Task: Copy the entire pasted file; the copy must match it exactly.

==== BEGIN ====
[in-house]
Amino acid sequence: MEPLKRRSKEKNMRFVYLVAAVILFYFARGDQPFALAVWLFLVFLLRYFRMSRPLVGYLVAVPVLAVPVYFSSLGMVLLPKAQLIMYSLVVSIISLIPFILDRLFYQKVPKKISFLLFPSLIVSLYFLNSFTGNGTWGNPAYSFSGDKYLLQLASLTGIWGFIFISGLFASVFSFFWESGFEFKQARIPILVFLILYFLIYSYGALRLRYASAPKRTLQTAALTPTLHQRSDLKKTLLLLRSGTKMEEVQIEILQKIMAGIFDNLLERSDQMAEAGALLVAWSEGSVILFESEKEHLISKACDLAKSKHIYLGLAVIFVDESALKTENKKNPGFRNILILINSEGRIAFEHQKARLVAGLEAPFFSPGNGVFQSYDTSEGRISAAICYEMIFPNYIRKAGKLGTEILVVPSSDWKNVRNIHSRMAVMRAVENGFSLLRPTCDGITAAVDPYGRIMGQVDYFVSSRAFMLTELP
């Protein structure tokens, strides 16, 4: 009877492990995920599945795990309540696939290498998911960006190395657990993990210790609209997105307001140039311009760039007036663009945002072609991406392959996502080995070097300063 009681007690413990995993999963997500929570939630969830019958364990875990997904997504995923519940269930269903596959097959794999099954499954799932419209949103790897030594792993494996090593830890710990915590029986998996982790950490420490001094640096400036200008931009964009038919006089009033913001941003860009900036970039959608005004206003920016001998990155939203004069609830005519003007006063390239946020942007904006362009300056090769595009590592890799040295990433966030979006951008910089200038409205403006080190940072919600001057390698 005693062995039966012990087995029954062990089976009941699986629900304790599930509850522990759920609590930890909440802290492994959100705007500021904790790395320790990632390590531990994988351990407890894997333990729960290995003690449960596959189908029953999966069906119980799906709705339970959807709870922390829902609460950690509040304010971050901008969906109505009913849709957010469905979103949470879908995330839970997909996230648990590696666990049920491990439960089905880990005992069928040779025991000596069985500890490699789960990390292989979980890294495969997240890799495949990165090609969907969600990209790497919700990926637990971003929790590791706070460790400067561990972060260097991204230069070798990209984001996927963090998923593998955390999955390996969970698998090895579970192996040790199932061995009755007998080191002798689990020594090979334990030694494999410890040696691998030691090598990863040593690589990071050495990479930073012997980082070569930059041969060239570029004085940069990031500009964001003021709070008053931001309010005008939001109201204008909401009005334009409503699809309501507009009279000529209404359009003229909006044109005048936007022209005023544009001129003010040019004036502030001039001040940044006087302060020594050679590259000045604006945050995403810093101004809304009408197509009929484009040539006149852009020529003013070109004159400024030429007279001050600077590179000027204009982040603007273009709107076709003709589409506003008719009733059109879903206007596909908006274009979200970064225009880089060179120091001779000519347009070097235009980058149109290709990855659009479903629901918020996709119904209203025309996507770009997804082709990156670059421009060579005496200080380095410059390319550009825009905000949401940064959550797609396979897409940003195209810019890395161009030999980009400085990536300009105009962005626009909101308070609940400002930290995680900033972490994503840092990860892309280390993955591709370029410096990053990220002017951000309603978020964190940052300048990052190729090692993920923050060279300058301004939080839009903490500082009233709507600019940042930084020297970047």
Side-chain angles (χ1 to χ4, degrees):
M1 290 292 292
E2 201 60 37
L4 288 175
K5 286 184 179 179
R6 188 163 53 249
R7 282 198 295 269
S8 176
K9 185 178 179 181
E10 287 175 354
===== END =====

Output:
[in-house]
Amino acid sequence: MEPLKRRSKEKNMRFVYLVAAVILFYFARGDQPFALAVWLFLVFLLRYFRMSRPLVGYLVAVPVLAVPVYFSSLGMVLLPKAQLIMYSLVVSIISLIPFILDRLFYQKVPKKISFLLFPSLIVSLYFLNSFTGNGTWGNPAYSFSGDKYLLQLASLTGIWGFIFISGLFASVFSFFWESGFEFKQARIPILVFLILYFLIYSYGALRLRYASAPKRTLQTAALTPTLHQRSDLKKTLLLLRSGTKMEEVQIEILQKIMAGIFDNLLERSDQMAEAGALLVAWSEGSVILFESEKEHLISKACDLAKSKHIYLGLAVIFVDESALKTENKKNPGFRNILILINSEGRIAFEHQKARLVAGLEAPFFSPGNGVFQSYDTSEGRISAAICYEMIFPNYIRKAGKLGTEILVVPSSDWKNVRNIHSRMAVMRAVENGFSLLRPTCDGITAAVDPYGRIMGQVDYFVSSRAFMLTELP
């Protein structure tokens, strides 16, 4: 009877492990995920599945795990309540696939290498998911960006190395657990993990210790609209997105307001140039311009760039007036663009945002072609991406392959996502080995070097300063 009681007690413990995993999963997500929570939630969830019958364990875990997904997504995923519940269930269903596959097959794999099954499954799932419209949103790897030594792993494996090593830890710990915590029986998996982790950490420490001094640096400036200008931009964009038919006089009033913001941003860009900036970039959608005004206003920016001998990155939203004069609830005519003007006063390239946020942007904006362009300056090769595009590592890799040295990433966030979006951008910089200038409205403006080190940072919600001057390698 005693062995039966012990087995029954062990089976009941699986629900304790599930509850522990759920609590930890909440802290492994959100705007500021904790790395320790990632390590531990994988351990407890894997333990729960290995003690449960596959189908029953999966069906119980799906709705339970959807709870922390829902609460950690509040304010971050901008969906109505009913849709957010469905979103949470879908995330839970997909996230648990590696666990049920491990439960089905880990005992069928040779025991000596069985500890490699789960990390292989979980890294495969997240890799495949990165090609969907969600990209790497919700990926637990971003929790590791706070460790400067561990972060260097991204230069070798990209984001996927963090998923593998955390999955390996969970698998090895579970192996040790199932061995009755007998080191002798689990020594090979334990030694494999410890040696691998030691090598990863040593690589990071050495990479930073012997980082070569930059041969060239570029004085940069990031500009964001003021709070008053931001309010005008939001109201204008909401009005334009409503699809309501507009009279000529209404359009003229909006044109005048936007022209005023544009001129003010040019004036502030001039001040940044006087302060020594050679590259000045604006945050995403810093101004809304009408197509009929484009040539006149852009020529003013070109004159400024030429007279001050600077590179000027204009982040603007273009709107076709003709589409506003008719009733059109879903206007596909908006274009979200970064225009880089060179120091001779000519347009070097235009980058149109290709990855659009479903629901918020996709119904209203025309996507770009997804082709990156670059421009060579005496200080380095410059390319550009825009905000949401940064959550797609396979897409940003195209810019890395161009030999980009400085990536300009105009962005626009909101308070609940400002930290995680900033972490994503840092990860892309280390993955591709370029410096990053990220002017951000309603978020964190940052300048990052190729090692993920923050060279300058301004939080839009903490500082009233709507600019940042930084020297970047």
Side-chain angles (χ1 to χ4, degrees):
M1 290 292 292
E2 201 60 37
L4 288 175
K5 286 184 179 179
R6 188 163 53 249
R7 282 198 295 269
S8 176
K9 185 178 179 181
E10 287 175 354